Fain won consecutive AL batting titles in 1951 (.344, when a broken foot held him to 117 games) and 1952 (.327). Although those were the only two full seasons in which he hit .300, he also hit .302 in 1954, when a knee injury limited him to 65 games and started the decline that cut off his career a year later after just nine seasons. His career high in HR was just 10 (1950), but he led the AL in doubles in 1952. However, his greatest value lay in his ability to get on base: his on-base percentage was above .400 every year of his career, finishing at .425 lifetime. He walked 100 times in five seasons, and was in the AL top five every season he was healthy; only once did he strike out more than 37 times in a season.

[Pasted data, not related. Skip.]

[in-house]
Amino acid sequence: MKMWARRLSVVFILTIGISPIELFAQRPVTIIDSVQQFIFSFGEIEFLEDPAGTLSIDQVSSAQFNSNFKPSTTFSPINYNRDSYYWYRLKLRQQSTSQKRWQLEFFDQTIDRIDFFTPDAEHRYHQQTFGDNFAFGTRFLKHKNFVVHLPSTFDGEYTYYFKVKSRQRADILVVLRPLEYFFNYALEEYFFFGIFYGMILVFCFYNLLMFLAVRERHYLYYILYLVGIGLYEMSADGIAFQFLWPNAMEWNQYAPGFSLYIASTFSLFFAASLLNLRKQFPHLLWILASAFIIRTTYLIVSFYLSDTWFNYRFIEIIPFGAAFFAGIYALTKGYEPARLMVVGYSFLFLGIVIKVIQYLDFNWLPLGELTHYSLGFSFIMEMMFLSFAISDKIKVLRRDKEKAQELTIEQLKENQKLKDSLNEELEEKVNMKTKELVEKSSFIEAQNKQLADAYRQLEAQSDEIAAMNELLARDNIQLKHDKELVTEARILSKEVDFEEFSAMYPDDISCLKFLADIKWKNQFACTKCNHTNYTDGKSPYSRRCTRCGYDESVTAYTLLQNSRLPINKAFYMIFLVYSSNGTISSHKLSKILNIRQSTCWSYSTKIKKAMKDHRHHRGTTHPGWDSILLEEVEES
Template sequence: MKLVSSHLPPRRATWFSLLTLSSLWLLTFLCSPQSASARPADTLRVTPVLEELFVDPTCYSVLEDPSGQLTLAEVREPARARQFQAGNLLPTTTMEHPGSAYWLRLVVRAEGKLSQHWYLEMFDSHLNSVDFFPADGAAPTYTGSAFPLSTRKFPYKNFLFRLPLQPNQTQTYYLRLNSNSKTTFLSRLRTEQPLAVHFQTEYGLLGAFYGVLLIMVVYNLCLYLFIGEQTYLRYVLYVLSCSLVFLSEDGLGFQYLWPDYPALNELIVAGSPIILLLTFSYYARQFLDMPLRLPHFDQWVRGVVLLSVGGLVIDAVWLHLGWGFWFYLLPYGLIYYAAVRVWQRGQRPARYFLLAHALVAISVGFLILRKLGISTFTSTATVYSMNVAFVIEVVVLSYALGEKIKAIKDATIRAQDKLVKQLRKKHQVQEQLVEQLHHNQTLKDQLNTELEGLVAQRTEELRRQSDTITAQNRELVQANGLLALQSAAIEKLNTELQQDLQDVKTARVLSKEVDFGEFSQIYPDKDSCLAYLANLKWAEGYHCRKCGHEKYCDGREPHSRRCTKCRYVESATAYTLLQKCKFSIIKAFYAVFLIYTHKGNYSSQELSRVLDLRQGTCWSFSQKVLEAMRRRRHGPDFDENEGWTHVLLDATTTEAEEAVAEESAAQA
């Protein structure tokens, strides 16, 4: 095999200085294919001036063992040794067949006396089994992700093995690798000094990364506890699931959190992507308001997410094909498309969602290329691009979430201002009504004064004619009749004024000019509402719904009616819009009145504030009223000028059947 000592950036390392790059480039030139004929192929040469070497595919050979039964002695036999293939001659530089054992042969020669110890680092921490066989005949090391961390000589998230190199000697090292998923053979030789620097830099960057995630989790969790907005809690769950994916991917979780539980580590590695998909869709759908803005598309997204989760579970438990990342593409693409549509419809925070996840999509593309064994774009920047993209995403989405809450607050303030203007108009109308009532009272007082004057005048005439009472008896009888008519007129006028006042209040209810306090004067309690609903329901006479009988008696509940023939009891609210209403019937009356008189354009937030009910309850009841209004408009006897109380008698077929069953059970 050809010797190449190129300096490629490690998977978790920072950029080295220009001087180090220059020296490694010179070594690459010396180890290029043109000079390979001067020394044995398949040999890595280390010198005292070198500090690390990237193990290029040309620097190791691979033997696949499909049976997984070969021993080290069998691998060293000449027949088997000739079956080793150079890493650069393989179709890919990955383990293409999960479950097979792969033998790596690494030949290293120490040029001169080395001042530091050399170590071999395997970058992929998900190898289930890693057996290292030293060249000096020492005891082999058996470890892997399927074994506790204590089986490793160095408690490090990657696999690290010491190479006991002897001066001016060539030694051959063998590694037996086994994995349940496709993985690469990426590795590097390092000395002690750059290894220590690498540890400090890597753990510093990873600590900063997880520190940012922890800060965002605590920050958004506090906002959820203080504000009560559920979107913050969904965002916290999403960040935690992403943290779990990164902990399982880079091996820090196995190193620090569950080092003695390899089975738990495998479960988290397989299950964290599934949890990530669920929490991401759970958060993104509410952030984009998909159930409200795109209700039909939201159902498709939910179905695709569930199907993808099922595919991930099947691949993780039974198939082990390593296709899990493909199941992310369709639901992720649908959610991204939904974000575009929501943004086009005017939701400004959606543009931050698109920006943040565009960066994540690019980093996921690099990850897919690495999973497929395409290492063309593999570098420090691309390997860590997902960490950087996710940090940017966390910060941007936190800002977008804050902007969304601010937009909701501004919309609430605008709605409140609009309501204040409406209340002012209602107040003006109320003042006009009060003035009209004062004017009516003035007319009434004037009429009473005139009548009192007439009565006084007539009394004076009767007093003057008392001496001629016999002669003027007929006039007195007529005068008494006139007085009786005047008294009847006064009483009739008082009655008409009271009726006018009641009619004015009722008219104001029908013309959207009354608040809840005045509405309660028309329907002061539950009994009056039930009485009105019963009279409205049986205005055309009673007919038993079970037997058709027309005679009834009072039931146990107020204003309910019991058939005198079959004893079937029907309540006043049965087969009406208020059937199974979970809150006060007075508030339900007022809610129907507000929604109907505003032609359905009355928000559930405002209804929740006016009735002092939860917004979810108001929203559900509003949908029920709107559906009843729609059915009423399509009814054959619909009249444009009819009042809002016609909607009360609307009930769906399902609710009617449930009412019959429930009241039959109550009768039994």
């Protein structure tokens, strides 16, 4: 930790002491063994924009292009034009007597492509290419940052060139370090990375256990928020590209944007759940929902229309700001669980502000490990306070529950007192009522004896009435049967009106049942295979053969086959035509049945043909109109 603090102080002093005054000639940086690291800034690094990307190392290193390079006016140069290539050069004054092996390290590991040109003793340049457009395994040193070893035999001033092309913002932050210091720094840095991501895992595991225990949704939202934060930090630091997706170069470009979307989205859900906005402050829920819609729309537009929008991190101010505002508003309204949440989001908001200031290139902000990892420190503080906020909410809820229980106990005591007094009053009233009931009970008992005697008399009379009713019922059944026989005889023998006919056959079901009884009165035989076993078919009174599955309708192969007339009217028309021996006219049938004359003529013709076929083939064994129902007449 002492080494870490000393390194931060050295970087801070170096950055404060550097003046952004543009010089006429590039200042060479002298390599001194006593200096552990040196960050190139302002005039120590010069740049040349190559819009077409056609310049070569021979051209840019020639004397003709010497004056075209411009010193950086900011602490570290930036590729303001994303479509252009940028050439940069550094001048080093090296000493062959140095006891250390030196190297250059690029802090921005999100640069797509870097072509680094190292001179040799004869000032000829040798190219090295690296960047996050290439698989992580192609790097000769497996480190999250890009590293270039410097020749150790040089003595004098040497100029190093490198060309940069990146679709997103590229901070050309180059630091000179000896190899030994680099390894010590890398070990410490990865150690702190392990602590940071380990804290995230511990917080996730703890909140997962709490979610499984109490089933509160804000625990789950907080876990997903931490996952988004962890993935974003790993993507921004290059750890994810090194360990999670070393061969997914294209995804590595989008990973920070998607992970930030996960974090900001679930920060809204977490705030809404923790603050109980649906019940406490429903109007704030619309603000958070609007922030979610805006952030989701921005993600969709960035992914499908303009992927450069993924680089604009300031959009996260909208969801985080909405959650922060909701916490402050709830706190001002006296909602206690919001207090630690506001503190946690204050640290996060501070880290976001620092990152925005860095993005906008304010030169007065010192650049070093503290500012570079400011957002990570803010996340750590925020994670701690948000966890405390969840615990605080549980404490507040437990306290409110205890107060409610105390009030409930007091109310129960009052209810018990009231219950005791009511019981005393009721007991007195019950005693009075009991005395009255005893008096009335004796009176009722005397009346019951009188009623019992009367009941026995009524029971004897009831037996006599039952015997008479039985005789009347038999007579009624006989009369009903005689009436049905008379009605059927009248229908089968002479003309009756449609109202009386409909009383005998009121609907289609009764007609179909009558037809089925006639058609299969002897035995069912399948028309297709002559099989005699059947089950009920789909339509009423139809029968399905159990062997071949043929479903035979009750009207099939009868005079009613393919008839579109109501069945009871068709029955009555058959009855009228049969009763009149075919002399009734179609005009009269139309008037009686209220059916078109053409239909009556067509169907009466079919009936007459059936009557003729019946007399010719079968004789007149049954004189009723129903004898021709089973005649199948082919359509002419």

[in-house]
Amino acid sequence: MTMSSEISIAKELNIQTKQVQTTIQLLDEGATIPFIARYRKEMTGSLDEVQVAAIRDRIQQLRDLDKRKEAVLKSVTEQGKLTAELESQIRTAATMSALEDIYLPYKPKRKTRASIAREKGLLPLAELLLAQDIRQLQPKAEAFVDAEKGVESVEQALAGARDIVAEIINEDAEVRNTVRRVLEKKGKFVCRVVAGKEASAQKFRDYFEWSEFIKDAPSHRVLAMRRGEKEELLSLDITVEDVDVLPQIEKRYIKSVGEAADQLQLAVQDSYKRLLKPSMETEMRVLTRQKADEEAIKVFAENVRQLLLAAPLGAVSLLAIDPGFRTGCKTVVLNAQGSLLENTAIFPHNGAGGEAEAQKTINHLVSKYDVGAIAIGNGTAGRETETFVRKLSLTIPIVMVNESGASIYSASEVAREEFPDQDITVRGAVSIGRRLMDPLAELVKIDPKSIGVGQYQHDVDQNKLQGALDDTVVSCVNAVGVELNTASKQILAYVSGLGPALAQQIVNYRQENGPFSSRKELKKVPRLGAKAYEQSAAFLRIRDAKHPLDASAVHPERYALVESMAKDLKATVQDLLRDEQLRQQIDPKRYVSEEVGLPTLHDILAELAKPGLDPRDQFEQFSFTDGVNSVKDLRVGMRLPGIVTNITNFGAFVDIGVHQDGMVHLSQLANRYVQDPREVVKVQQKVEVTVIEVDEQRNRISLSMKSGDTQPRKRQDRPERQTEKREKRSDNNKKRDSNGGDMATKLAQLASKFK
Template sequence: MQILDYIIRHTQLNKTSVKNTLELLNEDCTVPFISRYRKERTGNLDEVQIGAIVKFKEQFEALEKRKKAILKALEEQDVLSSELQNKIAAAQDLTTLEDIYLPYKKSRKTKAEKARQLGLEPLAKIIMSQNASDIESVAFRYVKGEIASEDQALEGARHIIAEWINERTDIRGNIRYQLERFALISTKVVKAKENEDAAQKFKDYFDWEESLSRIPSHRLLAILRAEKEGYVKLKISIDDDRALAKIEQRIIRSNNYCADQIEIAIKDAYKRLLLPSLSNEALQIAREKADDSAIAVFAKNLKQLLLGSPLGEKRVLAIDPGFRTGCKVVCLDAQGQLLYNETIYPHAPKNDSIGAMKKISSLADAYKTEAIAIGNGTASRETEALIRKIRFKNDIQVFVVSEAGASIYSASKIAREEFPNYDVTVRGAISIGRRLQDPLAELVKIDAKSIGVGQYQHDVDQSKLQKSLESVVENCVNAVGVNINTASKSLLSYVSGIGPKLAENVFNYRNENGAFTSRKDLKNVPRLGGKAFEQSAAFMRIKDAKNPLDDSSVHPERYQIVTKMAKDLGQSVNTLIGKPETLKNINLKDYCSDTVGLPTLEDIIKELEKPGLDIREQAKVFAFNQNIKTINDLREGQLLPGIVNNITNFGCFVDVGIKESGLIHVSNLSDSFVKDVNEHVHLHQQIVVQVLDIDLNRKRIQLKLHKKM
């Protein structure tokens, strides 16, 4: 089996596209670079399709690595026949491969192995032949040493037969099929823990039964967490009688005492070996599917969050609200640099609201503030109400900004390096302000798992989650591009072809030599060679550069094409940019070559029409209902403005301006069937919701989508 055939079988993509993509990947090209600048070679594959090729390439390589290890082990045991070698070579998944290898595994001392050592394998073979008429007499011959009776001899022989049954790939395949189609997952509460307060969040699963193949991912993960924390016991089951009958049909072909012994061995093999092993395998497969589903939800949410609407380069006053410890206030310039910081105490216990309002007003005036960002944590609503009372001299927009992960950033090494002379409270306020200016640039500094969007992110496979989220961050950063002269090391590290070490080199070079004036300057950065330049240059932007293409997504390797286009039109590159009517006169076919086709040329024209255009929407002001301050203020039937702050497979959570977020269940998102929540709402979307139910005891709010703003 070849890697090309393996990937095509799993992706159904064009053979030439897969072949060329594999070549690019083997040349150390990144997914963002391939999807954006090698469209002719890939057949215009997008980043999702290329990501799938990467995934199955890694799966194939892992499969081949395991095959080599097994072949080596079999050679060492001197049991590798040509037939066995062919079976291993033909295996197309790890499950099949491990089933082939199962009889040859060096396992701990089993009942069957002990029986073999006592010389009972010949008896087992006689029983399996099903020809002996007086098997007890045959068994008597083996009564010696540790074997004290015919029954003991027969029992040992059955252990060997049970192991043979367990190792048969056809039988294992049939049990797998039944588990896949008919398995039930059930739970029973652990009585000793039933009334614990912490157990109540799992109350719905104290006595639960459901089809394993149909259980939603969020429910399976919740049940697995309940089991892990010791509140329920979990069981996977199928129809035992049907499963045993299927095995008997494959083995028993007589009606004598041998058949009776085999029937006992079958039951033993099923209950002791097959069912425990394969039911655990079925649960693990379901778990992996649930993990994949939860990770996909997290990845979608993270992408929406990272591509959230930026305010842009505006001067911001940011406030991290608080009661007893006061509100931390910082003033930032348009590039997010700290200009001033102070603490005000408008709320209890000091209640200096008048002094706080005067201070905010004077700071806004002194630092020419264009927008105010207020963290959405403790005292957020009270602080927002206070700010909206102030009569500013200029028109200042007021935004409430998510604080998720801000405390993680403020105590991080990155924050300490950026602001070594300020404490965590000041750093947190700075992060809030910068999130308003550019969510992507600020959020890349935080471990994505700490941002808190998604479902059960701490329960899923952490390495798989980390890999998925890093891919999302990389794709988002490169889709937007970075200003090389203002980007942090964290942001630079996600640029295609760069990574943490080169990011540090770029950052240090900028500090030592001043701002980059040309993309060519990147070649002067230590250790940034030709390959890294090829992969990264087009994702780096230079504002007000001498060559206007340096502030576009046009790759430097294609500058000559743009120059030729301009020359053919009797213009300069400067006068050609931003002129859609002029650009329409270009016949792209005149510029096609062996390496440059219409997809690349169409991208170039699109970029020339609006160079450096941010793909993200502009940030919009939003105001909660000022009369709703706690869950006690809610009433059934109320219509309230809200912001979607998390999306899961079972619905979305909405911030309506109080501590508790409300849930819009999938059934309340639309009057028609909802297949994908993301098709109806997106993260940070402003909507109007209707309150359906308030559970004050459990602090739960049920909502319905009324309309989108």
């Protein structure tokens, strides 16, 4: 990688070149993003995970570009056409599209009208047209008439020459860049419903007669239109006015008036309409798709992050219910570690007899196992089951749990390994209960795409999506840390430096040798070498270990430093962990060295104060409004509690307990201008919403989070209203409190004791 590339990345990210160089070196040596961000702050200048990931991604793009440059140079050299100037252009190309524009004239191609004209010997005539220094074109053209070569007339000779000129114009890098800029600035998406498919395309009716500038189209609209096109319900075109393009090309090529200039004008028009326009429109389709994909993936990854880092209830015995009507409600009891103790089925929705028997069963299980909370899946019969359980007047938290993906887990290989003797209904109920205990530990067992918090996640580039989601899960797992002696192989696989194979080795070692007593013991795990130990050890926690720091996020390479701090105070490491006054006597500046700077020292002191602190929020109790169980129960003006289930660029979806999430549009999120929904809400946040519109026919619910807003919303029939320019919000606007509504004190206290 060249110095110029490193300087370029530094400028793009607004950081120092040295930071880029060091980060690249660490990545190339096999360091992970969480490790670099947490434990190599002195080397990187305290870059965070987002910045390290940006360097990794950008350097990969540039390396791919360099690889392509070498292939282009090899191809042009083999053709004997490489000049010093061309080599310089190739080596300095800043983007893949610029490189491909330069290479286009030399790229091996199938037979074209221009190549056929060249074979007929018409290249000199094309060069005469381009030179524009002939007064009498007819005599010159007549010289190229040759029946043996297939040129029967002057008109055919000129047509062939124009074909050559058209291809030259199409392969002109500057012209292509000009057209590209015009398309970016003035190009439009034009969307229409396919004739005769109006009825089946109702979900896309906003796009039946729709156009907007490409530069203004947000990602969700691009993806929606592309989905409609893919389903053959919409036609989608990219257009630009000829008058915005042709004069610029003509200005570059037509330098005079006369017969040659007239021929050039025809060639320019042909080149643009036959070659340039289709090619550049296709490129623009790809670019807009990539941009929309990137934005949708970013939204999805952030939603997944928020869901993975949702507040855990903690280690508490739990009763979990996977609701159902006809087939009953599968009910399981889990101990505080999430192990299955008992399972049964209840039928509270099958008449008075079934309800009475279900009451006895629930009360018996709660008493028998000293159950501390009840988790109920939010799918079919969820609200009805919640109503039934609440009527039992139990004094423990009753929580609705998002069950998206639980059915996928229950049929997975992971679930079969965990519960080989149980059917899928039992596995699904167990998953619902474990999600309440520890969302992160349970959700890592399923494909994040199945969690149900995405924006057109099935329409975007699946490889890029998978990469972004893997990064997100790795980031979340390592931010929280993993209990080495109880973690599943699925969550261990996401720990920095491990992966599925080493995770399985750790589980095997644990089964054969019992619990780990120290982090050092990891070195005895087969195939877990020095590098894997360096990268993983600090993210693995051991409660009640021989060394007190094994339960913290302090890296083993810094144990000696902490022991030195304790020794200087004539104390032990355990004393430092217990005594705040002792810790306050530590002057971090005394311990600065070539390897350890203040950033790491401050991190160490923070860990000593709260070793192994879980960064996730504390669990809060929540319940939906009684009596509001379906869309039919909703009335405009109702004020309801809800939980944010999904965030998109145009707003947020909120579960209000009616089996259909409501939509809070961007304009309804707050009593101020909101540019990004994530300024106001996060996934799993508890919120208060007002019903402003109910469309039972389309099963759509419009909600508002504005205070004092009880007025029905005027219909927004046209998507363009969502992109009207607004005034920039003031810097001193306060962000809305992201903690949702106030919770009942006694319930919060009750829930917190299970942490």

Fain was considered the best-fielding first baseman in the league until Vic Power came up. Although he tied the AL record by leading in errors five times, he was a daring, far-ranging fielder who was the first baseman to regularly field bunts on the third base line. He holds the ML record for double plays in a season with 194 in 1949; it broke the previous record by 31 (his 192 in 1950 is second). He set the since-tied AL record for double plays in a nine-inning game (six on September 1, 1947 in the second game). He led the league four times in assists and twice each in total chances per game and double plays, and ranks third all-time among first basemen in assists per game.